Pasaol laments SEAG 3x3 snub, shifts focus to Olympic bid
MANILA, Philippines – The Samahang Basketbol ng Pilipinas (SBP) recently released its Gilas Pilipinas 3x3 pool for the 2019 SEA Games.
Notably omitted from the all-PBA list, however, were players from the Chooks-to-Go Pilipinas 3x3 league, the country's first-ever league dedicated to the sport that houses more than 95% of the FIBA’s top 100 players from the federation.
Alvin Pasaol, the Philippines’ top 2 player behind top-ranked Joshua Munzon, admitted his dismay on the missed opportunity to represent the country in the SEA Games. However, he now has his sights set on the bigger task at hand: playing for the flag in the 2020 Tokyo Olympic Qualifier Tournaments (OQT).
“'Yun naman talaga yung campaign namin [para] sa OQT,” he said during a sit-down interview on Thursday, September 26. “Medyo nalungkot ako kasi di ako makakalaro sa SEA Games pero okay lang. Na-file na yung decision at basta sa amin, OQT kami maglalaro."
(Our campaign is really for the OQT. I got a bit sad that I won’t be able to play in the SEA Games, but that’s okay. The decision has been filed and for us, we’ll just play in the OQT.)
"Personally, I'm sad for the players because I know they are expecting to represent the country and they've sacrificed a lot for this sport,” added Chooks 3x3 league owner Ronald Mascariñas.
“It is their pride and honor to serve their country. But this should not distract us from our ultimate objective, which is to qualify in the 2020 Tokyo Olympics."
According to SBP president Al Panlilio, the main reason for selecting PBA players for the regional meet is that he believes the best way to popularize the sport is by fielding players from the country's premier 5-on-5 league.
"As you very well know, we are continuously expanding the growth and pushing for the continued popularity of 3x3 in our country and the best way to promote it is to utilize our PBA superstars as our ambassadors," Panlilio said.
When asked to comment on this, Mascariñas said: "Whatever path SBP chooses, whether we agree with it or not, we should all bear in mind that we are one with the federation with a common interest and that is to bring honor for our country through the sport of basketball. “We respect the decision of SBP and will continue to wholeheartedly support the basketball program of SBP."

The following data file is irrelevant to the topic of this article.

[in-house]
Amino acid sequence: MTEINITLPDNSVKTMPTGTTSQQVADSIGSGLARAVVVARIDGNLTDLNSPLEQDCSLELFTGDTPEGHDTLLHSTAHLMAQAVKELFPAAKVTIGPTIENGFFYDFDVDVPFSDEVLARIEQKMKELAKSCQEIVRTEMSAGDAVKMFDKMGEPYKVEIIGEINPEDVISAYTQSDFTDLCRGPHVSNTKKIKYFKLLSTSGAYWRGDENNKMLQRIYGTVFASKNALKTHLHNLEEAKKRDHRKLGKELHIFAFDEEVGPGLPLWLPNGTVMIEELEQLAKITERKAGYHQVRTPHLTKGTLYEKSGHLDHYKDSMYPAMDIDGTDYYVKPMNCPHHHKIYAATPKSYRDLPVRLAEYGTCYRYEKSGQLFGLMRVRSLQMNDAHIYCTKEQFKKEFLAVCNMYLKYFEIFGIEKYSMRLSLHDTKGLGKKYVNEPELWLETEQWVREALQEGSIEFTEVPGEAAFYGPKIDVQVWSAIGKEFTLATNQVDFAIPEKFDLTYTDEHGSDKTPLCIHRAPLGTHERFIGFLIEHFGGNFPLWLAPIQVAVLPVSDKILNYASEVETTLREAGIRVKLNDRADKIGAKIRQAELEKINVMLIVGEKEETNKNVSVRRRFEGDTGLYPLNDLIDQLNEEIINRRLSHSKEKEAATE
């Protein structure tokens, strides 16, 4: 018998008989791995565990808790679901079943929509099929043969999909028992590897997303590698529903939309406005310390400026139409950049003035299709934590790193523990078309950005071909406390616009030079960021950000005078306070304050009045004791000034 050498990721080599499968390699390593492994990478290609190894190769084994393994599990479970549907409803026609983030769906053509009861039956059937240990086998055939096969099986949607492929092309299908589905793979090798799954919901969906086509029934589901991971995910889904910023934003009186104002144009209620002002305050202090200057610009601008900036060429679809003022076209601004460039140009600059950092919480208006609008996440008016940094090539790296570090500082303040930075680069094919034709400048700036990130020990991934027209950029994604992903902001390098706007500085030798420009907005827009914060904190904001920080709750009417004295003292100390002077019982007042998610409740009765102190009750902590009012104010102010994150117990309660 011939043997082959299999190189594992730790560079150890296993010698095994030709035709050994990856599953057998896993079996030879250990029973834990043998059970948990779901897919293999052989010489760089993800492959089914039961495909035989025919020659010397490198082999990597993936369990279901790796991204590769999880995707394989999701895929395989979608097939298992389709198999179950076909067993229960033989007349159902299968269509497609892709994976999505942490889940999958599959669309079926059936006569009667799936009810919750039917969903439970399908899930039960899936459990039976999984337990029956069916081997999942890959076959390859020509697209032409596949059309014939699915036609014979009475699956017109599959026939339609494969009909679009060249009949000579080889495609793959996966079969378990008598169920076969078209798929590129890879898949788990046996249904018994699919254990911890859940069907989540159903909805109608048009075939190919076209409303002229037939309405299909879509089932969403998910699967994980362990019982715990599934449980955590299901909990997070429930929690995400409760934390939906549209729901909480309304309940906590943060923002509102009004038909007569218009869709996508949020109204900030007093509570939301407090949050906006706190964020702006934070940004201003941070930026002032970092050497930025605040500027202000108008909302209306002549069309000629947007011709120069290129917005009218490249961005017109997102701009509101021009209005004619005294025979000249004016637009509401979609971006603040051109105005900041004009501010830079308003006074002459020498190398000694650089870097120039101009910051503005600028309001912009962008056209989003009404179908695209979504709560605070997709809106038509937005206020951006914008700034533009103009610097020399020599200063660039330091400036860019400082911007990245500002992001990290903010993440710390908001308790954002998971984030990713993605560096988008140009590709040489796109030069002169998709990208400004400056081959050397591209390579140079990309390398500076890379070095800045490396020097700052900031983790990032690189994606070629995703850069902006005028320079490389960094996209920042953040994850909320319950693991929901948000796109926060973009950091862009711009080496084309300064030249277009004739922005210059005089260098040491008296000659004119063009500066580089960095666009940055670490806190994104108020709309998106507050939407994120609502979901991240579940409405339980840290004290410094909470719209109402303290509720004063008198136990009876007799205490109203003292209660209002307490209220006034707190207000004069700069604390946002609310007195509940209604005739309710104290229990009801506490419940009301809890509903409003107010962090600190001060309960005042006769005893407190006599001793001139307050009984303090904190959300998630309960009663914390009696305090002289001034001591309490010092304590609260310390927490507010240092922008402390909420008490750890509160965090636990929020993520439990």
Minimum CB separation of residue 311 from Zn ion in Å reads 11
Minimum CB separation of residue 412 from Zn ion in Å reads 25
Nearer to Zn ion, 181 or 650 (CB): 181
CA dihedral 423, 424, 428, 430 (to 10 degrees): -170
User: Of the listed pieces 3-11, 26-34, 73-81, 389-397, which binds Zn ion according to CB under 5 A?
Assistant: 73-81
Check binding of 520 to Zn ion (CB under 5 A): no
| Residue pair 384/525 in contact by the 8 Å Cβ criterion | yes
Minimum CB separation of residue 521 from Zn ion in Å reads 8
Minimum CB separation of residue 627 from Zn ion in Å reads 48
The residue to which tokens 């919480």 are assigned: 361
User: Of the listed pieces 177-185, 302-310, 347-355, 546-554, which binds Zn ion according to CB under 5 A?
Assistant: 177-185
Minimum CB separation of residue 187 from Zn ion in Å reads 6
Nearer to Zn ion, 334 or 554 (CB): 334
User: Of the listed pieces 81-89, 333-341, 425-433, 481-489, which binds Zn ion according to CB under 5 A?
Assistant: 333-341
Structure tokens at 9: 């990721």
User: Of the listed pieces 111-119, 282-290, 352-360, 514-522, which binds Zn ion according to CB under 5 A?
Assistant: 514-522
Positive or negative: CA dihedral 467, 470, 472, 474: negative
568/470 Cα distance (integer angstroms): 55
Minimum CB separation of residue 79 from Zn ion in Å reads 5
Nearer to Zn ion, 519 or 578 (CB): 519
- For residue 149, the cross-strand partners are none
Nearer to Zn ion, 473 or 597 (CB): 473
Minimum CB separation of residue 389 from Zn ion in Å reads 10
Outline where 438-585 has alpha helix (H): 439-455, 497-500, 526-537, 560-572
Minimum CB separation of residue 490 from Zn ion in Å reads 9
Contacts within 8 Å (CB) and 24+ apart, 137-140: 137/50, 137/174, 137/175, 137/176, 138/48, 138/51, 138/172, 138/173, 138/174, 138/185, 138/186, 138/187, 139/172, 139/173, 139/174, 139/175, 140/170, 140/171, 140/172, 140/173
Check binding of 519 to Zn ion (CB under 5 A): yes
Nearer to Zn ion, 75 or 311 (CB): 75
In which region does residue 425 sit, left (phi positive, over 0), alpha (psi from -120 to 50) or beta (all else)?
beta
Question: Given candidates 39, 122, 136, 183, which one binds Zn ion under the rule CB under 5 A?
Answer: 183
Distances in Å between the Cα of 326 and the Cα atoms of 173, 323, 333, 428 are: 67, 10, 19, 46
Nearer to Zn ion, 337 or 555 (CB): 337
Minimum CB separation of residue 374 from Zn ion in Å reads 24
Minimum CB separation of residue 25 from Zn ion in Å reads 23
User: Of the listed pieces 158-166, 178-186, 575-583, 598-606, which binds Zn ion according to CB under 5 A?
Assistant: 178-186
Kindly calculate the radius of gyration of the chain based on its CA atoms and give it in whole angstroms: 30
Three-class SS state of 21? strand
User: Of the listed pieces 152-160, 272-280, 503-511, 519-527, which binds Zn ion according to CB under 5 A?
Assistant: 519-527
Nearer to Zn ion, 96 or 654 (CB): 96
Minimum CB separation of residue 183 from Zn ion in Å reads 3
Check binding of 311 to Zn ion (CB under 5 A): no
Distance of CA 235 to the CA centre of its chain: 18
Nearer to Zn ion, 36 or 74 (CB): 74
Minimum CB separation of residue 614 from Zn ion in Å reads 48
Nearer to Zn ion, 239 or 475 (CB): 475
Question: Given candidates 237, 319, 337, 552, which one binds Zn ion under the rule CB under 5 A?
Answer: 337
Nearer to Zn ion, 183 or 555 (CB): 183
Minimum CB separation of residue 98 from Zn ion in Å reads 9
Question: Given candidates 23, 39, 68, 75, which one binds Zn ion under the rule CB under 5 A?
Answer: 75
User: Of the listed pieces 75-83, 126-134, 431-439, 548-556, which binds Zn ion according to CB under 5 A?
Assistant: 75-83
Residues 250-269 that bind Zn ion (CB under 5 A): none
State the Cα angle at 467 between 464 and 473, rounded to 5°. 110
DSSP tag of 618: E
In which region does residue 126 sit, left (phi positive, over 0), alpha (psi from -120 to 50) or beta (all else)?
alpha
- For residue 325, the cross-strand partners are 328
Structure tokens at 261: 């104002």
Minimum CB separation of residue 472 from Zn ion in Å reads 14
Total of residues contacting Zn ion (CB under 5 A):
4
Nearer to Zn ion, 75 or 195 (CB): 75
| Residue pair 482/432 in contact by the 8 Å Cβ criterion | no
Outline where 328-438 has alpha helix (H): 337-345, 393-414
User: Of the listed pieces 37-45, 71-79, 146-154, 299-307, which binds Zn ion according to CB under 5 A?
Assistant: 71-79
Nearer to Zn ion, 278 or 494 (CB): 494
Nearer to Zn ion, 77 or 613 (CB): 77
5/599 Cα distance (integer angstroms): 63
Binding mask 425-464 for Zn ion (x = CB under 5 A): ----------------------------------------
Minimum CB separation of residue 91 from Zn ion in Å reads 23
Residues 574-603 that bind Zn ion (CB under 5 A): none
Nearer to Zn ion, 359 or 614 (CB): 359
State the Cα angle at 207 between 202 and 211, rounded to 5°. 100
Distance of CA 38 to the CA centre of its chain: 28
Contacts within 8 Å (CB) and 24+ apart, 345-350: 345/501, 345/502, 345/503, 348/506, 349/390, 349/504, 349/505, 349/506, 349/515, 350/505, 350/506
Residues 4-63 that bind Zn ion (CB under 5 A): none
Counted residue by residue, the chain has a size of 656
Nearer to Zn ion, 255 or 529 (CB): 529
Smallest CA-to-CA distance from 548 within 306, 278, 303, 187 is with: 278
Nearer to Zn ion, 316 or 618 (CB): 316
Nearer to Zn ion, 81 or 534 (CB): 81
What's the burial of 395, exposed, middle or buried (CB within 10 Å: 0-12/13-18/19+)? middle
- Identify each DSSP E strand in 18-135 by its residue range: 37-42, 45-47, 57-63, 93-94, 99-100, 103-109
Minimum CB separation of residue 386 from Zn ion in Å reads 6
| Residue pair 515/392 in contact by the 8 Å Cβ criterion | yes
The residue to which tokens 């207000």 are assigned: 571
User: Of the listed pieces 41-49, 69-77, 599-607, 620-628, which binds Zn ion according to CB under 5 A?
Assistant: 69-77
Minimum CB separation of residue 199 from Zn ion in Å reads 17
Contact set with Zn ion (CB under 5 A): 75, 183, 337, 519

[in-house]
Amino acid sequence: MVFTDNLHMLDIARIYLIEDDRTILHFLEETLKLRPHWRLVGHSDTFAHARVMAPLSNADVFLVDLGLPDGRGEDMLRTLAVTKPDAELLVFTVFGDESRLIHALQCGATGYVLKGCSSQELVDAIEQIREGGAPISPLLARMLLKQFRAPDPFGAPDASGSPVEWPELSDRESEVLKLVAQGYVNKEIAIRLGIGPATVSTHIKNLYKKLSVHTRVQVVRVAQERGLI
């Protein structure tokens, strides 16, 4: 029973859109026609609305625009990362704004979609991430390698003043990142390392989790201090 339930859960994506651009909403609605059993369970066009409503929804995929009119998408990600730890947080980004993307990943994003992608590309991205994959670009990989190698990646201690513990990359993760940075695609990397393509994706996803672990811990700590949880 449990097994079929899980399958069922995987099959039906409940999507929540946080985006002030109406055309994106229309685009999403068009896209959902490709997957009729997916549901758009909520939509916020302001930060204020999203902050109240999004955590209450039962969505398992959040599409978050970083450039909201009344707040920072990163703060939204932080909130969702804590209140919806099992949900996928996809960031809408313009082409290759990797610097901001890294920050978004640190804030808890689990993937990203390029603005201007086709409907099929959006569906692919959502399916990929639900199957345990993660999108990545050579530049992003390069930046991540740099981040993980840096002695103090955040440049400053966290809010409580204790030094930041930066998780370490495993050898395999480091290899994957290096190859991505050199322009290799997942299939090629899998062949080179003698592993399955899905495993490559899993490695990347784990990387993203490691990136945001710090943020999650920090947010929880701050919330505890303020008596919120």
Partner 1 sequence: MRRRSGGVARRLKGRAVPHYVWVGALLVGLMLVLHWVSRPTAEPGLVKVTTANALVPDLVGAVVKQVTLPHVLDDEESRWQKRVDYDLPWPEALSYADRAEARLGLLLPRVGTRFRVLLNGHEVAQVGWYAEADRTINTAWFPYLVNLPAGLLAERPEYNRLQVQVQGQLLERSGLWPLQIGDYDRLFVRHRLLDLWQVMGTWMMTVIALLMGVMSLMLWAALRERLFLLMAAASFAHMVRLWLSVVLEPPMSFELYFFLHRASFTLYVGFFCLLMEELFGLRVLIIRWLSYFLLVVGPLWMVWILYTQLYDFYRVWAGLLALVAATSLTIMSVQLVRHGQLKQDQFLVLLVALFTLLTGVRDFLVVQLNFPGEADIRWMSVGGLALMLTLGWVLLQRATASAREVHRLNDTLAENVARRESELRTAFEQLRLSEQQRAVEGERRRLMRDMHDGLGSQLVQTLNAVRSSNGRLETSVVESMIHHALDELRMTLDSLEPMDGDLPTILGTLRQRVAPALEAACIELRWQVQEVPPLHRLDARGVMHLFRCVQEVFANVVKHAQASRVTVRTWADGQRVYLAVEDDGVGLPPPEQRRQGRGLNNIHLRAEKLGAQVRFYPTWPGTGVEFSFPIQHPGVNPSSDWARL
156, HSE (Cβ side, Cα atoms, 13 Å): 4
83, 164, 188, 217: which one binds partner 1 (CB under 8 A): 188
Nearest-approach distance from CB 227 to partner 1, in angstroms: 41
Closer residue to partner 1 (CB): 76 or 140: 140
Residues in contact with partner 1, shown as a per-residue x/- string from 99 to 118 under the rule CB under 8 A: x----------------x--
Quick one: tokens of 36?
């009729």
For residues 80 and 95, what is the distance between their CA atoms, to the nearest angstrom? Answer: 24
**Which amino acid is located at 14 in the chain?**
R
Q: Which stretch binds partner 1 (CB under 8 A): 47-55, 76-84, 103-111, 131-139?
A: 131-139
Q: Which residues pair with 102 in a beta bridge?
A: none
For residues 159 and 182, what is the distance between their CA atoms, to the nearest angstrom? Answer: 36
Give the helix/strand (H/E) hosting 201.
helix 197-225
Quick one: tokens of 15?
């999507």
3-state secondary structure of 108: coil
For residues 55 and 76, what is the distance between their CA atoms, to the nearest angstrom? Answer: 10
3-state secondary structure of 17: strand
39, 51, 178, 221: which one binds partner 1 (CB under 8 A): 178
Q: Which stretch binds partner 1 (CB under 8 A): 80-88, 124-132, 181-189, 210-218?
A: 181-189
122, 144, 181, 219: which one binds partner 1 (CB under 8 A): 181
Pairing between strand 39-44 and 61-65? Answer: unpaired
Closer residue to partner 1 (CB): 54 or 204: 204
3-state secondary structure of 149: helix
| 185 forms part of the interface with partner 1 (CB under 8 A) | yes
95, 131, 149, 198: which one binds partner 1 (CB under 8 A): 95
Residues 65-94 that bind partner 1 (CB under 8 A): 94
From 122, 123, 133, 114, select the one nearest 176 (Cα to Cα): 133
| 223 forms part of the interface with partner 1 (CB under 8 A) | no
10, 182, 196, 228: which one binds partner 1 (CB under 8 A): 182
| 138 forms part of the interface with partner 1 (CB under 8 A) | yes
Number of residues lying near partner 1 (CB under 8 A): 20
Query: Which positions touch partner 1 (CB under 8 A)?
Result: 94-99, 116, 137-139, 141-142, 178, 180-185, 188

Although Chooks 3x3 players were snubbed for the SEA Games campaign, at least two in the top 10 are still a lock to play in the OQT, owing to a FIBA rule that two of a maximum 4 federation players must come from the top 10 of the FIBA rankings.
Right now, the top 10 is composed entirely of Chooks players, with Munzon, Pasaol and former La Salle big man Santi Santillan leading the pack.
With Chooks-to-Go being the driving force for the country in the 3x3 rankings, the Philippines rose from 59th in the world last February to the top 24 in just a span of 7 months.
Moreover, the top teams in the Chooks league have competed in numerous high-level FIBA 3x3 tournaments across the world to expose the players to top-level 3x3 competitions.
Having gained experience, Mascariñas wants to share the knowledge that the players in his league have gained by inviting the 12 players from the Gilas Pilipinas 3x3 pool to join the tournament this October to help prepare the national team for the SEAG.
"[Given] that most of them have limited to no experience playing 3x3 at a high level, we're inviting them to join us in the Chooks-to-Go Melmac Cup that can serve as tune-up games for our national 3x3 pool," shared Mascariñas.
"Players from Chooks to Go Pilipinas 3x3 are eager to share their experience and learnings competing in a number of high levels FIBA 3x3 international tournaments across the globe in the last 7 months to help prepare the PBA 3x3 pool for the SEAG.”
Besides helping out the national team, the Chooks-to-Go MelMac Cup, which is a level 5 FIBA 3x3 tournament, can help rack up points for the country to secure its place in the top 24 in the world rankings – the cutoff point needed for qualification in the OQT. – Rappler.com